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THE OMAIIA DAILY BEE: FRIDAY, SEPTEMBEK 2, 1901."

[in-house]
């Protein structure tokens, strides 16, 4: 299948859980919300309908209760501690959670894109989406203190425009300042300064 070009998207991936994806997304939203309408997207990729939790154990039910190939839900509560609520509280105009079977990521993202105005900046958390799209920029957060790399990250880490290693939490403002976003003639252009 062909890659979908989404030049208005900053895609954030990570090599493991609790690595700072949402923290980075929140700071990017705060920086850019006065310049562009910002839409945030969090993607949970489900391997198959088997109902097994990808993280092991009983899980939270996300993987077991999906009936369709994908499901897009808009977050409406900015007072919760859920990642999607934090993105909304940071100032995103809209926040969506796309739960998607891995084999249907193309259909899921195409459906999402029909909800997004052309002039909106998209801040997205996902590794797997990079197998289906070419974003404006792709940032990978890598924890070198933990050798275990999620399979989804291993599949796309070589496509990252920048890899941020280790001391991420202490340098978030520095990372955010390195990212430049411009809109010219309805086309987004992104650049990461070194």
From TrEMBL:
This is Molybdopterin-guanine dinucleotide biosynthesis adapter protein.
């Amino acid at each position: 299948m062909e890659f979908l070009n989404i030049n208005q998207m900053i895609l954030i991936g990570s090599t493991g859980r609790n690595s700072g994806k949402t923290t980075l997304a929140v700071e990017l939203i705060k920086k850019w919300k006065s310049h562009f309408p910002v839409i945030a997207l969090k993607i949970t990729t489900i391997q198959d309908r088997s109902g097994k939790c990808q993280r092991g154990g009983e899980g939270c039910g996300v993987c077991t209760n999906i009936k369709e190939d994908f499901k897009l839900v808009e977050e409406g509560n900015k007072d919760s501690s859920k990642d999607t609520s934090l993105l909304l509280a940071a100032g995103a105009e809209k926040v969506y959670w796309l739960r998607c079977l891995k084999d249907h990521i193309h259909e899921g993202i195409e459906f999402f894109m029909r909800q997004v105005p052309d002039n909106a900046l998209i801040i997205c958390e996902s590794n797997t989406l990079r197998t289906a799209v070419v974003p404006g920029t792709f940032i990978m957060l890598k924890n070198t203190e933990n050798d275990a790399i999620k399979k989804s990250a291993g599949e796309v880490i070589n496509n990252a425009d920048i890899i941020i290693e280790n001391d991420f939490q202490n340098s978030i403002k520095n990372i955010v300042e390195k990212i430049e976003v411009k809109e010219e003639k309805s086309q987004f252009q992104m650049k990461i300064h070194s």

ASSIGNMENT OF TEACHERS 1 h't far High and Various PuMio Scbooli Art Annonaosd. BUT FEW CHANGES FROM LAST YEAR'? aperlaten4aat Davldaoa Wilt Preside at Ht(U(l Prtalala mud Teachera Moadar Ot ' ISdIm Work. j Assignment of 'teabhtra to ths publlo schools and grades for the year beginning Tuesday, September 6, haa been announced by Superintendent Davidson. The corps la practically tha same aa last year, there be ing few new teachers and changes. Had tha Pesrse' scheme for the arbitrary re moval of a number of principals and teach ers who offended him politically succeeded, a very different story would havo bcon told. Tha principals will meet at 9 and the ttachers at 10:39 a. m. Monday for organ isation by Superintendent Davidson, who for the first time will preside at the open ing; of the Omaha public schools. Following are the assignments: - ' '. High Bchool-A. H. Wa-house, princi pal; Kate Mcliugh, assistant principal; J. l' Woolery, second assistant principal; Anna Adamr, Ada I. Atkinson, Nathan Dernstelo, Ioly Bonnell, Theodora Borg lum, Abba Bowen, C. 11. Bracelen, Helen Brandcls, Carrie Brown. Alphonslne Chate. Islno. A. 1 Consdon, May Copeland, Min nie Crane. Ida. t). Kleminir, K K. pvr.k. Meo Hantirig, Edith illggins, Mary Kel logg. John Kerrigan, Alice Lnndls, Robert LiuiKlng, Winifred Lemon, Florence Mc Hugii, Gugenle Mackln, Belle von Mani fold, Joanna von Mansfclde, May May nard. Rosa Nickell, Maria Okey, Susan Faxson, C. A'. Pearson, Anna Peterson, J.lla Phelps, B, A. Potter. Mary Quacken busli, Nellie Randall, Jasper Robertson, Pearl -Kockfcllow. Ellen Rooncy, H. A. Senttir, Zora Shields, Villa Bhlppey, Caro line Stringer, Penelope Smith, Besnlo Sny der, Kunlco Btebblns, Minnie Stevenson, Grace Sudborough. Mary Sullivan, Jessie Towns Bmma tfre, Georgia Valentine, Janet Wallace, J. E. Wlsman, Bella Wilson, la the tirades. , Bancroft School Kate Brown, principal; Carrla Robertson, Louise Adams, Mary L. M. Hodira. Anna. Rvailn RmiIa Anrtrasa Helen Leigh ty, Laura UoeU, kindergarten director, Beais School Virginia White, principal; Carrie Pratt, kindergarten director. Cass School Mary Blroends, principal; Katharine Crane, Agnes Dawson, Mary El gin, Llda Bralnard. Bessie Chambers. Hat tie Duncan, Rosa Bernstein, Neva Shlpherd, Camilla Gsantner, Ella Sandberg, Martha Homellus, Mary Ellsworth, Emily New comb, Grace Lillle, Kate Brown, kinder garten director; Louise Hamilton, kinder ..urten assistant. Castellar School Mary B. Newton, prin cipal; Mary Goodman, Eolla Nichols. Mabel Carey, Martha Cooke, Margaret Barr, Min nie Esplln,, Elizabeth Dunn, Martha Grym. Nettle Khett. Alma Spetman, Ruth Patter son, Vivian Alvison, Lydla Bruechert, Min nie Neal, kindergarten director; Helen Ed wards, kindergarten assistant. , Central School Mary Fitch, principal; Cordelia Johnston, Cora Anderson, Ida Johnston,' Frances Gross. Mary Thompson, Mary L. Kidder, Eethel Lynn, Cabellt Schaller, Helen Hibburd.. kindergarten di rector; Evelyn Jones, kindergarten assist ant. Central Park School Elisabeth Rooney, frlncipal; Kate Miles, Delia Beal, Alice laver, Maude Kimball, Elisabeth Oliver, kindergarten director. curton Hill School Clara Mason, princl- 1 T..1I C. 1 T7- . I 1 T . . 1 L. . van iian.1 a fjrunam Mara win, an. kindergarten director; Elisabeth Williams, Kinaergarton assistant. Columbian School Margaret Vincent, principal;' Ada Alexander, Irene Under wood, Jennie Hultman, Lydla McCague, Sophia Grau, Katharine. Powers. Mayme Hutchinson, kindergarten director. Comenius School Helen Wyckuff, princi pal; ivy-Meed, Amelia Pearson, Olga An drean, .Alice Jordan, Persls Stuart, Mary Ueedle, Daisy Kunkle Anna Bartos, Anna Meyer. Amy Hughes, Ora Claytor, Qenevra West, kindergarten director; DeEtta Mason, ' kindergarten assistant. Dfuld Hill School Martha Chrletiancy. principal; Sophia Elsasser. jjuponc ocnooi rraaces uuuerneia, prin cipal; Nellie Sc.liults, Bertha Knight. Ethel Burns, Delia Hogan, kindergarten director. Farnam School Agnes Harrison, prlncl 1 pal; Dora Harney, Carolyna Scherer, Helen Longsdorf, ima Mllrnv Martha Parratt, Edith PartrldgSr ElKTlVTWhilo, ,Ora Hoo tan, Mary ' Smith, Elsie McKenna, Allca Harper, Anna Hanna, kindergarten direc tor; Halliq Hardin, kindergarten assistant. Forest School Franc Eaton , principal; Mattle Carmlchael, Jessie Pontius, Stella Flanagan,' Carrlo Kumpf, Anna . Bennett, kindergarten director. ' Franklin School Anna Hutchtna. princi pal; Mary Mee , l.ucroiia Bradley, Mauds BhlpheraV Grace t trier, Edith Isakson, Nellie Parsons. A..i.e.t DeBolt, Minnie Dye, Winifred W .iiiuLt-. Scleiya Burns, Olga Mohr, Klndercai ten (hector; Agnes Lund, Iflnilnnnirtrtn .i.fiitAn- Gibson School Jarile Nash, principal, Kellom bc.iool Anna Fooa, principal; Frances FmK, Kat Wlckham, Iowa Mul len, Mary McMuh-n, Myrtle DeGraff, Stella Graves, May -tmlorin. Mlgnonnette Cook, Beasa Hall. Hester Lane, Elizabeth R. Parke, Mary VVaKace,- Council Bluffs; Catherine Foos. Klizubeth Allan, Hattle White, Sophia Cleveland, Cassandra Schal ler, . Ad ale Grutlot. kindergarten director) Anna Boutello klndergv rten assistant. Lake School Emm '.. Whltmora, principal; Mary Brolllnr, Ell-ibtlh Elcock, Helen Thompson, Mary .Vi'-'in. Anna Anderson, Hifth Hogan. Ml him' Moore. Alice Gil chrst, Mae McMxstrrj, Alice Root Nellie Morlarity. Harrlette Seirle, Mathllde Fried, Ixila TillotHon, Clara Blackburn, Florence Brown,' May Torre v, kindergarten director; Jennie B. Gluck. kindergarten assistant. Leavenworth School Lizzie Banker, principal :; Katherlne W. Van Horn, Eliza, beth Halcomb, Iiura Maullck, Emma Llt tlefleld. Nellie McDonald. Km ma Levi. Edna I lobar t. Leah Leger, Anna Peters, kinder Carten director. Lincoln School Jennie Redfleld, principal j Klla Reed.. Eliza Westcott, Clara Martin, Marie Novaeek, Resale -Waterman, Emma Roslcky, Isabelle Willlnms, Lillian Wilbur, Margaret Boyd, Grace Hungerford, kinder garten director; Pearl Riley, kindergarten . assistant. . Long School Sarah McCheane, principal; . Virginia Kennedy. Huldah Isaacson. Ida Blac.kmore, Eva, Hamilton. . Sarah King, Mary Hauor, Cnrria. Fatrchlld. Mary Nel son, Myrta S:hnelder, Currle Nelson, Stella I suffered far a long time with a bad case of Catarrh, and took a great deal of medi cine without any benefit. I had aN continual headache, toy cheeks had grown purple, my noaa was always stopped up, my breath had ft sickening and disgusting odor, and I coughed inceksantly. I heard of your 8. &. 8. and wrote to too. I conunepced to use it, end after .taking several bottles I was cured and hav never eiuce had the slightest symptom of the die esse. . Miss Ma&v L. Storm. I Cor. 7th 4 yelijt Sta, 6t Joseph, Mo. . Wheeling, W. Vs., JIy 99, loov" X had Koaal Catarrh for years for which X used S. 8. 8. with Terr gratifying 'results. X tried local applications for sotoe time, . sod gettisur no permanent relief I came to the conclusion that the seat of the trouble was la the blood. Knowing & & 8. to be a good blood medicine X began its use, and after using it for some little while it did away entirely with the offensive mucus in the nostrils, and I did sot have to hawk and spit, especially is the morning, to dia lodre the catarrhal matter. i&27 8oath6t. I'xxo H. Tuxasv. The filthy secretions and foul mucus that are continually dropping bock Into the tbroaC&nd their way into the stomach and are absorbed into the blood. Catarrh then becomes . con stitutional, and the only way to get ri.l of It U through the blood. Write us if you have Catarrh, and our physicians will advite you without rharce. Tha win Speclf.o Company, Atlista, Ca. Oarn, Amna Brown, Cora TTenrT, Aims I'henJx, Kate Hutinaker, Emily Wood, Margaret Hamilton, kindergarten director; Lee Coruatork. kindergarten assistant. Lothrop School Nora h 1L Lrnon, prin cipal; Ella H elf rich, Anne Jensen, Jessie rrytle, jeannette Mewiesn, ary . onper, Claire North ud Minna Olver. Juliet Morris, Luoy Eloock, Jennie Phelpa, Minnie Baker, iouise iem. Kinaergarien ainxior; ssarian Hamlin. klnTrgartn assistant. Mason School Eshma Whnatley, print pal; Ellzabetn Lelghty, Mattle Craig, Florence Lelghtnn, Fannie Meyer, Ella Andrews, Gertrude Carey. Mary Grlf flth. Ama Ourake, Grace Edwards, Gurska, Orara Edwards, Anna Nelson, Nellie Van Duyn, Eulalla Overall, Lizzie Needham, Jennie Salmon, Carrie Boutelle, kindergarten director; jJora Ullrich, kin' derrartnn assistant. Monmouth .Park School Etta Smith, nrlnctnal: Elizabeth Mulr. Omaha View School Effle Reed, princi pal; Alta Peacock, Fanny Hurst, Florence 'Jordan, rannle orsytn, Emma Lervi, Aia Neville, Grace Shorrock, Lillian Bondesson, Elisabeth Will, Edith Otis, kindergarten director Pacino School Margaret McCarthy, prin cipal; Meiie Bennett, wertna -rnoeiecse, Agnes Bhapland, Kathryn Hantlng, Laura Jordan, Emma Nestor, Emma Bradshaw, Emma Lonergan. Blanche Murphy, Edith Dahlstrom, Marie McArdls. Maud Ay ers, Allle Campbell, Blanche Campbell, kinder garten director; Frances McOavock, kin dergarten assistant. . Park Rrhnnl Susan fiveleth. prlndnal! Matilda Evans, Jeannette McDonald. Mar garet Wallace, Eva DeMaas, Zora Me Knight. Alice Craig. Anna Qulnn, Macy Btapenhorst, Eliza oidds, ciara ooeimniin, tii. Nawenmh Kit Hunaerford, Eliza beth Wilson, kindergarten director; Mary Wyman. kindergarten asjatant. Saratoga School Emily Robinson, prlncl- pal; Ingleetta F. ware, Anna Alice Orr, Julia E. Haven. Marie Vom Weg, Jeane Charde, Mary Rood. Mary Dletrick. xki nMt Alvina flnetmann. Margaret Lat y. A lice' Chambers, kindergarten direc tor; Edith Ewers, kindergarten assistant. Saunders School-Mary Held, principal; t u.. wmma fimmm. Claud a Galla- way, Mary Vsllnce, Mlnta Cooley, Louisa Burnett, kindergarten director. Sherman School Isabelle Doyle prlncl. pal; Bertha van camp, iui muma, ahho Broad field. , , , Train school Jennie McKoon, principal; Mary Alter, Anna Glllls, Theresa Tracy, OUle Rlchey, Ruth Cultra. Emma Roslcky, Ida Goodman. Mary L. Templeton. Mary Kreba, Minnie Davis, kindergarten director; Em man Wlnslade, kindergarten assistant. Vinton School Jeannette t Woodward, principal; Jennie Ross. Joanna M. Gram llch, Flossie Archer, Anna Goldstein, Ella Thorngate. Ellen M. Bnyden, Elisabeth Allen, kindergarten diictor. Walnut Hill School Martha Powell, prin cipal; Peart Macumber. Katherlne Morse, Ellen Rogers. Gertrude Wnrren, Minnie Dve. Lucv Mack, May Seaman, Agnes Vfirh,1l Kunov Lewis. Elisabeth Ryan. kindergarten director; Gertrude Bailey, kin dergarten assistant. Webster School Sadie Plttman, principal ; Margaret Scott, Ada Hopper, Margaret McAra, Louise Salmon, I4da . Burnett. Theresa McArdle, Florence Maynard, Ethel Davenport, Ellen Davis, Louise B. Mann, Dora Cobtirn, Alice Parker, kindergarten director; Grace Weston, . kindergarten . as- Wlndsor School Harriet Eddy, principal; Neva Turner. Nellie Craig, Myrtle Sey mour, Ida M. French, Mima Doyle, Her. mine Blessing, kindergarten director. ' EVENTS FOR TRAP SHOOTERS Several Meets Already Are Scheduled Which Promise to Interest These Sportamea. 1 Local trap shooters are more or less' in terested In various shoots to be held this month at points not very far distant from Omaha. One of the most Important of these events and to which a number of Omaha cracks will go. is to be held at Broken Bow next Wednesday and Thurs day. Besides being $600 added money In the events, tha Denver Post trophy will be contested for. This cup now Is held by a member of the Broken Bow club and al ways Is open to challenge. William Clay ton of Kansas City has challenged the present holder of the trophy. The Interstate association will give a trap shootlrg tournament at. Concordia, Kan., on September 28 and 29, for tha Con cordia Blue Ribbon- Gun club. It Is ex pected a number of local trap artists will attend this shoot. - . Reports from the .front state that a gun club of . twenty members . has Jut. been formed at-Tekamah , .Heavy, firing aviy be heard for' the first, time In tha Tekamah offing ' September U, 1 when the new club, holds its first shoot J. J. Shamburg is secretary of the young club. ' ".' t The Berwyn, Neb., Gun-club announces a shoot on September 28 and 30. Tha Omaha Gun club wilt hold a trap shoot at its grpunds across the river next Saturday afternoon, beginning at 2 o'clock. FAIRBANKS AND ROOT HERE Both Dial Gone Wilt. Make Addreaaea In Omaha Daring; the Campaign. s y Chairman Rlgg of the speakers' bureau of the republican state committee has an nounced that Senator Fairbanks and Secre tary of War Root are among . the well known public men scheduled to address Ne braska voters this fall. - The dates for their appearances In . the state have not been set, but their presence is assured. As at present contemplated, there will be two campaign trains, one having Senator Fair banks as tha leading feature and the ether with Speaker Cannon on board. Tha itin eraries have not been completed, but they will include Nebraska. . T. H. Doran of Burwell, who Is tha re publican! candidate' for representative in the Forty-ninth, district, was among the callers at state headquarters... "For sixteen years wa have had a popu list representative in the state legislature," said Mr. Doran, "but we hops to Changs this in November. The last time the suc cessful man had' a majority of only stxty elght, and this year we think we can win out. ' 'The fact that 'the democrats and populists have dectded to concentrate every bit of strength on the legislative tickets and ease off on the state ticket will make It hard, however. W. J. Bryan Is at tha helm In this move, but It la doubtful whether he can command anything like his old following." UNCLE SAM TAKES OFFENSE Holds for Trial Medical Company Mast Charged vwtth Violation of Mail Laws. Charles M. Edwards, proprietor of tha Edwards Medical company, at UM North Twenty.fourth street, Omaha, : was ar raigned before United States Commission er Anderson this afternoon charged with using the United States mails for Improper purposes. . He waived examination and was bound . over , for trial In the sum of $500. It Is alleged' In the complaint that be was conducting a medical practice by mail that Is In violation of the United States laws, the eomplalning witness being1 a woman from Denver, CoL Edwards pleaded not guilty, having put In bis voluntary appearance In answer to the charge. PREDICTS HEAVY. CORN CROP Geaeral Manager Mohler Saye All la ate ss Sere, las Bis;. Yield. General - Manager Mohler of the Union Pacific, who has returned from his west tern trip, says that 'contrary to reports, corn Is doing splendidly. It has been re ported that the crop would suffer from several causes. Too much cool weather was glvenvsa ens of the unfavorable fac tors which prevented tha corn from ripen ing and It was said there was danger that It would be overtaken by the heavy frosts. Too much rain. It waa alleged, also has had a bad effect 00 tha crop la aeme places. Mr. Mohler saya that so far as the weather Is boncerned. the crop la out of danger sad that it Is doing nicely, , ' . . .... .V . i FOLK TO LIGHT OS CUEEI Boodler Prosecutor to Crater liie on Eafl ' road Oeadidat and Lobbirt. . SUCH IS THE PLAN Of. THE DEMOCRATS letter Are Fraaaln V9 Blgr Rally Audltor-teaa, Oastlac ' Semina tion af John H. Bnldwla'a Man Gerley. Joseph W. Folk, the boodler prosecutor and democ ratio nominee for governor of Missouri, will speak In Nebraska three times during October, and, contrary to pre vious announcement made by certain Lin coln functionaries, one of his speeches will be made In Omaha. This advice comes from one ef the democratic leaders who Is Instrumental In getting Mr. Folk to this state. "Mr. Bryan Is making a number sf speeches for Mr. Folk Jn Missouri." . said this man, "and Mr. Folk will return the favor with three speeches In Nebraska in behalf of the democraUo ticket here, and the agreement Is that one of these speeches shall be made In Omaha. " It Is planned to secure the Auditorium for the Folk meeting here, which is to be the biggest meeting ef the democraflo campaign In Jfcraska. At least, that Is what the democrats who are getting up tha affair give out. . "Mr. Folk wiU do all In his power for Berge and ths entire ticket," said this leader, who is responsible for this an nouncement, "but he will, In accordance with the plans for this big Omaha rally, devote special efforts to the congressional race' In the Second district. Tou see, we are counting on 'the nomination of-Ourley by the republicans; that nomination will be made by the time this meeting Is held and we propose to make that rally a grand congressional demonstration. It will take In democrats from every county In the Second district and the combined effort will be centered on Mr. Hitchcock's Inter ests as opposed to those of Gurley. , Of course, the meeting will be held just the same, whether Gurley Is the republloan nominee or not, but we are counting on nothing else than Gurley's nomination. "This meeting will be opened by speeches from Congressman Hitchcock and Mr. Berge, nominee for governor. We have not concluded arrangementa for the Auditorium, but negotiations are under way and there Is little If any doubt of the big rally being held there." ' Mr. Folk, being the champion prosecutor of professional corporation boodlers and Mr. Gurley being the candidate of the allied corporations, and having been one of the most prominent professional railroad lobby ists In the state legislature, will. It is con templated, enable the promoters of this meeting easily to realise the fruition of their purpose and give all the weight and point to the presence and address of Folk If Gurley Is the nominee of his party. .Mr. Folk has been advised of the situation and will be further advised on his arrival, so that" republicans who are supporting Gurley will find quite as much of Interest In this meeting as the democrats if ' Gurley is nominated. ... 1 The ' Blackburn-Gnrfey literary machine has been grinding and sending out large lots of mall during the last few days. The feature of this mall Is one card on which the Baldwin candidate .makes a really pa thetic appeal for support In the primaries. "I need your vote," is the' burden of the plaint, and in this Mr. Gurley Is given full credit for uttering the truth. But the mis chief has been played with these' cards. It had been agreed between Byron G. Bur bank, who- was 'the- candldaW front- the Sixth ward, and Gurley, that Gurley should moke' no effort to capture the Sixth, that It should be conceded and left to Burba nk, In compensation of which these two men were to put In joint delegations in the Fifth and Eighth wards. But now comes Gurley with his Blackburn postal cards In the Sixth ward, appealing for the votes of the republicans In that bailiwick and try ing to take them away from Burbank, con trary to the agreement. No little friction has been aroused by this Blackburn-Qurley method. As a parting service In his capacity as a resident of the Seventh ward, A. H. Burnett has assumed the obligation of delivering that ward to Gurley In the primaries and convention. Both he and his law partner, H. C. Brome, are moving Into the Ninth ward and Burnett has. Just for old time's sake, kindly agreed to box up the whole Seventh ward and hand it over to the railroad candidate, ready for use. Modern Woodmen or Amerlon. Special Train to St. Louis. The M. W. A. have arranged with the Wabash to run a special train leaving Omaha Union station at 8:00 p. m.. Council Bluffs 1:15 p. m. Saturday, September . A very low rate, S.60 from Omaha, $8.W from Council Bluffs with correspondingly low rates from all stations. Everyone invited to Join special train. Insist upon your ticket reading via We bash, the only line with Its own station at main entrance of World's Fair grounds, thus saving time, extra .cor fare and an noyance. For all latormatlon call at Wa bash city offlee, 1601 Farnam St., or address r HARRT E. MOORES, , G. A. P. V., Wab. R. R., Omaha, Neb. Woodmen of the World Special Train to St. Louis. " The Woodmen bf the World have ar ranged with the Wabash to run a special train, leaving Omaha Union station at 8:46 a. m, Council Bluffs a. m., Sunday, Sep tember . 11. .A very low round-trip rate. $8.00 from .Omaha, 18.26 from Council Bluffs, with correspondingly low rates from all stations. . Everyone Invited to Join special train. Insist upon your ticket reading via Wa bash, the only line with Its own station at mam entrance of Worlds fair grounds, thus saving time, extra oar fare and an noyance. For ail information call at Wa bash city office, 1101 Farnam street, or ad dress HARRT E. MCORES, G. A. P. D. Wabash Railroad, Omaha, Nab. . ,. . Special Snmmes Tourist Hates to Kea - tacky, Tenneaaoo, North Care -- Una and Virginia, Tha Chicago Great Western Railway will sell special round trip tickets st very low rates te Crab Orchard, Ky.; Middle bor ough, Ky.; Tate Springs, Conn.; Olive Springs, Term.; Aahevtlle, N. C; Hot Springs, N. C; Roanoke, Va.; Glade Springs, Vs.; Radford. Va, and ether points. Tickets on sale daily, good to re turn until October tL For further Infor mation apply to S. D. PAIUCHURST. Gen eral Agent. 1SU Farnam street, Omaha, Col tax Par ox Water. bottled at tha springs. Gladstone Bros, iwa-uiv iwugias street. Mortality Statistics. Tha following births and deaths nave been reported to the oBard of Health dur. ing in iwemy-jour nours ending at boon Births R. L. Bhepard. MM Miami, girl; VL B. Frisk, l41 South Twemy-slxta. boy! Ponl faoco, Vi South Thirteenth, buy John David, 1 William, boy; Charles Morriaoa, " rxortn J wenty-faurth. boy; Robert L. Robinson, ibli ctiuitol aul: Georse H. Way. SIS South TV ml, i,..v Axel Andnrson, UI South Twenty-eeventn avenue, gixij vosepi itfowo, U swula Thirteenth, hen WTTl .Doftann, 1SU Ohio, ber; A rent Jensen, 2fW, boy. Deaths Stephen K. States, CI1 Chlcagti, 41: Vlrlaa O. M. Tjcnr&laca. ZSli Arbor. II: Lea Wilson, TurtlrXh and XojuoUdna ave nue, zu. - HUNT READY IF BILL FAILS Will Peak Independent Telephone If Old Rates Are Hot Cut. A. B. Hunt, one of the projectors of an Independent, telephone company made up largely of local men, says an attempt will be made to get a franchise If the Zlmmaa ordinance to out the rates of the N breaks Telephone company falls In the council. "The telephone people think they hare control of a majority of the council to do exactly as they p'.ease," said Mr. Hunt. "Now that a majority has gone on record against a second company in Omaha, they think they can defeat the ordinance en forcing a reduction In rates. If this Is done we shall apply for a franchise and made a mighty warm fight to get It." Several councilman who have been asked bow they will vote on the Zlmman ordi nance refuse to commit themselves. They give as sn excuse that the problem Is a deep ons snd they do not care to say any thing until they have Investigated It fully. Some say they think the proposed reduc tions are too heavy while others are pro fessing a fear that If rates are knocked down the wages of the telephone girls and other employes will be v reduced and poor service follow. The ordinance Is ex pected to come up for discussion next Tuesday morning, provided Chairman Evans of the committee that has It so wills. "The Impression that the telephone com pany is willing to accede to a reduction In rates in order to bar competition is not correct in my opinion," sad Acting Mayor Zlmman. "The cut means a loss to the company of about $120,000 a year and no corporation will stand for .that without making a fight. The ordinance seems to have some chance of success, but this cannot be said for a certainty until the voes are cast and counted. BIG RANCHES ARE AT STAKE Cause Suit Between Former' Partners for Equitable Distribution of r the Property. William C. McNamara of Sioux Cltv has brought suit in the United States circuit court against his former partner1, Nels An derson, and his sort, Harry Anderson of Cedar county. Nebraska, for the eaultahla settlement of their partnership affairs growing out of their Joint purchase of two ranches, one of 1,135 acres In Loud county and another of 2.000 ' acres in Rock and Brown couuntles, Nebraska, with several hundred head of .stock on the re spective ranches. The amount of tnnnnv Involved approximates $35,000. The ranches were bought in January last, the first named of the A. D. Cattle company, and the other of 2,000 acres of Christie Bros. McNamara claims to have put ud most of the cash for the purchase of tha ranches and that the "defendants have as yet paid In little or nothing, but still claim their part of the profits accruing from the busi ness. August 2 the partnership between the car- ties was dissolved and It appears the de fendants have applied for a receiver for the ranches. McNamara protests against this-proceeding. In his petition he claims the Andersons have failed to carry out any part of the original partnership agreement and that they have no' reason to ask for the appointment of a receiver. Therefore McNamara asks that the application for a receiver be denied until Jhls court shall have heard all the evidence on both sides nd shall, have passed its judgment accord ingly.- -. , i,. 1 .'-rm.k..!;. .', . ... Special Summer Teuriaf hate to De. trolt. HIch. The Chicago Great 'Western railway will sell round trip tlcketii at one fare plus $2.00. Tickets on sals dally.' Good return ing until October 81. For further informs, tion apply to S. D. Parkhu'rst, General Agent, 1512 Farnam St., Omaha, Neb. 920.00 to Chicago. The Chioago Great Western Railway will sell special round trip . tickets . to Chicago at $20.00. Tickets good for return until Oc tober 31. For further information apply to S. D. Parkhurat, general agent, 1512 Farnam street, Omaha, Neb. . . HYMENEAL . Moore-Rent f row. John Moore and Addle Rentfrow, daugh ter of Ernest Castile, were married Wednesday evening, Aug. 31., by Rev. (P A. a- I...'1 1 "tV Hess Charles W. Bavldge, st his home on Leavenworth. ENGINEER COOLEY IS HERE Chicago Expert Arrives to Assist la - Determining Appralaal of Water Works. S- B. Cooley, the Chicago engineer who Is to assist city authorities in the water works appraisal, has Arrived and estab lished himself In the water board offlres at the city hall. He conferred-with City Attorney Wright, City Engineer Rosewater ani Secretary Koenlg of the board this morning. He will be placed In possession of all the facts and work under the direc tion of the city attorney. About a month, and possibly longer, will ' be required by Mr. Cooley tb do the expert work the water board thinks necessary to offset the claims of the water company. DIVORCE FOR CHINA WEDDING Suit for Separation Is Way Woman Will Celebrate Her Twentieth ' Marriage Anniversary. Mrs. Line Riss has decided to celebrate her china wedding with-a divorce suit. She was married to John Riss twenty years SSO) and .has new applied to the . district court for a divorce on tha "ground of non support. The couple formerly resided ut Grand Island, but now live In this city. Marriage Licensee. The following marriage licenses were Is sued up to noon. September 1: - Name and Residence. Homer A. Brown, Omaha............ Tede G. Beerup, Omaha Robert A. Halladay, Panama, la. Delila Colburn. Panama, la John. Briley, Blencoe,. Ia... Edith Mobley, Blencoe, Ia. Antonio Paul, Omaha Anglllno Damato, Omaha Age. ...27 .., 24 ... 41 ... 47 ... 23 ... 18 ... 21 ... 18 U K. Wedding Rings. Edholm, Jeweler. - Try Colfax Purox water. Fix Ball for Han Patterson. NEW YORK. Sept. 1. Ball for the, re lease of Nan Patterson, Indicted for 'the murder of Caesar Young, was fixed today at $20,000 by Justice Amend in the supreme court. It- was said that tha necessary amount would be furnished. ,4 i ..k- - a n k:-' .... . tij' 1 Ullt-Over The Easy Shoe for a Man's Purse and Feet You may talk about the mate of this the style of hat and the comfort of the other, but the shoe that gives the best all-around satisfac tion is the-one that wears the easiest, lasts the longest and costs the least all of which comfort, durability and econ omy will b: found in the Walk Over. Shos at $3.50 and $4.00 for all styles and leathers. ;S! 1 ' ; Decatur Shoe Co., 1521 FARNAM ST., Frank Wilcox. M gr. Sellers of Netttetons and Walk Overs Exclusively. . t SCHOOLS For a eataltraeol ths Qlditt ind Largest Military Schosl " itMsUddls West,adorsss- Bee Want Ads ip 1 o 1 '& 66 (g In the September Met T o p o 1 i t a n 16 PAGES IN FULL COLOR "A 35-cent Magazine for 15 cents" For Sale by your Netasdealcr .. .-. . .' . . IX. II. RUSSELL. PUBLISHER t NEW YORIt NATIONAL BISCUIT COMPANY -Sorois- The Perfected American Shoe tor Women: , 1 Pall styles are now ready, We are showing : Jn our south window- samples of our complete line of boys' and girls' school shoes, We are fitting the '"little' kindergarten people as . well as the larger boys and girls. Our welted School shoes do not sejueak,'- Sorosis Shoe Store 203 S. 15th St Frank Wilcox, Mf iv -' - AKD COLLEGES. Leudnctott ssa Produce Results i in v i IF 99 gs